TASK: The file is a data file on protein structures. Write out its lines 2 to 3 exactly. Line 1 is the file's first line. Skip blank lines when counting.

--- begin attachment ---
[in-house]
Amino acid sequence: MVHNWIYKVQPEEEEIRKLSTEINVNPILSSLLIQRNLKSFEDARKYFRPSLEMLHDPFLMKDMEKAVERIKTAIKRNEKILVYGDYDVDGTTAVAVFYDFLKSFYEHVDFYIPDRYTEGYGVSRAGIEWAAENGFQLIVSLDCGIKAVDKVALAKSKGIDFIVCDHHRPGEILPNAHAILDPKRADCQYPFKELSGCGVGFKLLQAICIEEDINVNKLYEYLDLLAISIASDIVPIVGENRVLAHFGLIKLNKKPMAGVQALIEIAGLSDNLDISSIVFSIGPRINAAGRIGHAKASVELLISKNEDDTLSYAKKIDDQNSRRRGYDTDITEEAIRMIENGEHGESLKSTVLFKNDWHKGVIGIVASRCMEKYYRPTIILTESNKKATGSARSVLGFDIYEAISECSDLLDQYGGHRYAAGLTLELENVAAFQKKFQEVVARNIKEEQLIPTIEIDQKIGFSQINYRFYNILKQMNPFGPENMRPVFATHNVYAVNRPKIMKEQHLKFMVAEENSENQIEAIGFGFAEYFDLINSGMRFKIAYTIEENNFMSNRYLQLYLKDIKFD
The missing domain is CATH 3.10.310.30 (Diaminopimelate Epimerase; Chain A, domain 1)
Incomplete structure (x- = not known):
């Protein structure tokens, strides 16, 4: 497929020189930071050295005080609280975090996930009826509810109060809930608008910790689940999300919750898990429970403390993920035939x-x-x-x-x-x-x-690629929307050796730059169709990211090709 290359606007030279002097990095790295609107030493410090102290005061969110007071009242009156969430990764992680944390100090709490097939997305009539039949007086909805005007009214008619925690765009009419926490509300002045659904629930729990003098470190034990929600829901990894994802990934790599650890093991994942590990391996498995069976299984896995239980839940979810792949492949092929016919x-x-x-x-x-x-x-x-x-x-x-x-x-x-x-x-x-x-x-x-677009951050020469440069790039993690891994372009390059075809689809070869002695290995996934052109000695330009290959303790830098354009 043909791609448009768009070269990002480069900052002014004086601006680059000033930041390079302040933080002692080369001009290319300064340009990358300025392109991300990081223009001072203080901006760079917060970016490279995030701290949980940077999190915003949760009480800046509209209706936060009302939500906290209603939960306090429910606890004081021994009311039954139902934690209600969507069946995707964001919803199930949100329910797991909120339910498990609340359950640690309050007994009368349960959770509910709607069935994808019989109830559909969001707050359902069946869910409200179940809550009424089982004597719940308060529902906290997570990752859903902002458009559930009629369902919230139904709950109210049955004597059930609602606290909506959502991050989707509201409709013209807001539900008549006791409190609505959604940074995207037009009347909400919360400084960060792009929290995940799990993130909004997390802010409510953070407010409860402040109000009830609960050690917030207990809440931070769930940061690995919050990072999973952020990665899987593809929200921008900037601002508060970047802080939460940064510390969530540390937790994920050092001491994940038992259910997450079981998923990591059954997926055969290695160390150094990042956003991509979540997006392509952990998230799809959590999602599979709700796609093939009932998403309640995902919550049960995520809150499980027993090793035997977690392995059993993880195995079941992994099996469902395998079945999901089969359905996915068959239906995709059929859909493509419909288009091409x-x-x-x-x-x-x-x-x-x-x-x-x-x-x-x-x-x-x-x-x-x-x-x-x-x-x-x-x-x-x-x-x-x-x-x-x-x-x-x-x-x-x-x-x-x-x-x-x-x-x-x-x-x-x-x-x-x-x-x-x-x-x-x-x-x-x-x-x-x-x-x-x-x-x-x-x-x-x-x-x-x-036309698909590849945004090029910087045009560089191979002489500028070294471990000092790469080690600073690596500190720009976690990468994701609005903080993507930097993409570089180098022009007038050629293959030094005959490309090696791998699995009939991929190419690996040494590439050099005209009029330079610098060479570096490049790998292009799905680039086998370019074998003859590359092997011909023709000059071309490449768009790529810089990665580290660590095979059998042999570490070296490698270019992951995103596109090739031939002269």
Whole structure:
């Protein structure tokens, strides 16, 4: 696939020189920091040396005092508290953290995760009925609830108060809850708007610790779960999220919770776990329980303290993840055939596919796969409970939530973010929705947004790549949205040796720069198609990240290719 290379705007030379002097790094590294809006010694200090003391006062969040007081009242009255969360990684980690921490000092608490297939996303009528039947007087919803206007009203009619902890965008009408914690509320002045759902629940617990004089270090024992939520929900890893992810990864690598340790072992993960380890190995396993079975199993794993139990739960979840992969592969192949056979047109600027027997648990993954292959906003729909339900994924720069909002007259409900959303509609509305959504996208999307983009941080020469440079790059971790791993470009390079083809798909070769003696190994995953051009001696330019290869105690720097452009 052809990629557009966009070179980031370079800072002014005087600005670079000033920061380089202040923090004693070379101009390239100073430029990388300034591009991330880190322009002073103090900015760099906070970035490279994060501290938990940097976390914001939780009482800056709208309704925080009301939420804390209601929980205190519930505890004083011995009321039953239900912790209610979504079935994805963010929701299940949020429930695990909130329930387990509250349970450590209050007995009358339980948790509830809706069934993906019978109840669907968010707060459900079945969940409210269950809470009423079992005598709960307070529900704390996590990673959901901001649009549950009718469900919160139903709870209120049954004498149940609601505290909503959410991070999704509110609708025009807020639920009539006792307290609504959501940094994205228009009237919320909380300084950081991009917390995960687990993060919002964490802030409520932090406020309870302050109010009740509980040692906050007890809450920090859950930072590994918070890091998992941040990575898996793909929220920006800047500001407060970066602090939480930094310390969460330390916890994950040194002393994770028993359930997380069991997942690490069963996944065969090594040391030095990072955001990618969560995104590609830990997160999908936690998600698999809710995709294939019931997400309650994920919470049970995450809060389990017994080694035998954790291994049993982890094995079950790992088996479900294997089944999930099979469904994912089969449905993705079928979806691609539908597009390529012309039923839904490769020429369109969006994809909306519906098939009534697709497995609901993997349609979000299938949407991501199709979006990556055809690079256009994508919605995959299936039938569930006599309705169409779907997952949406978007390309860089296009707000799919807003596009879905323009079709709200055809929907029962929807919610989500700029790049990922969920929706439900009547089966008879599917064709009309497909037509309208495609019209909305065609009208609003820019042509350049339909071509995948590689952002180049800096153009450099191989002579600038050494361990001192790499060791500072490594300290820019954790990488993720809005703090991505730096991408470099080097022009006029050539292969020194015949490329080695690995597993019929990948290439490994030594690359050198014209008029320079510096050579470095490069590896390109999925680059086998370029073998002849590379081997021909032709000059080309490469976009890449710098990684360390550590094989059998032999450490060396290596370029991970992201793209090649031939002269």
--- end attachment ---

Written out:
Amino acid sequence: MVHNWIYKVQPEEEEIRKLSTEINVNPILSSLLIQRNLKSFEDARKYFRPSLEMLHDPFLMKDMEKAVERIKTAIKRNEKILVYGDYDVDGTTAVAVFYDFLKSFYEHVDFYIPDRYTEGYGVSRAGIEWAAENGFQLIVSLDCGIKAVDKVALAKSKGIDFIVCDHHRPGEILPNAHAILDPKRADCQYPFKELSGCGVGFKLLQAICIEEDINVNKLYEYLDLLAISIASDIVPIVGENRVLAHFGLIKLNKKPMAGVQALIEIAGLSDNLDISSIVFSIGPRINAAGRIGHAKASVELLISKNEDDTLSYAKKIDDQNSRRRGYDTDITEEAIRMIENGEHGESLKSTVLFKNDWHKGVIGIVASRCMEKYYRPTIILTESNKKATGSARSVLGFDIYEAISECSDLLDQYGGHRYAAGLTLELENVAAFQKKFQEVVARNIKEEQLIPTIEIDQKIGFSQINYRFYNILKQMNPFGPENMRPVFATHNVYAVNRPKIMKEQHLKFMVAEENSENQIEAIGFGFAEYFDLINSGMRFKIAYTIEENNFMSNRYLQLYLKDIKFD
The missing domain is CATH 3.10.310.30 (Diaminopimelate Epimerase; Chain A, domain 1)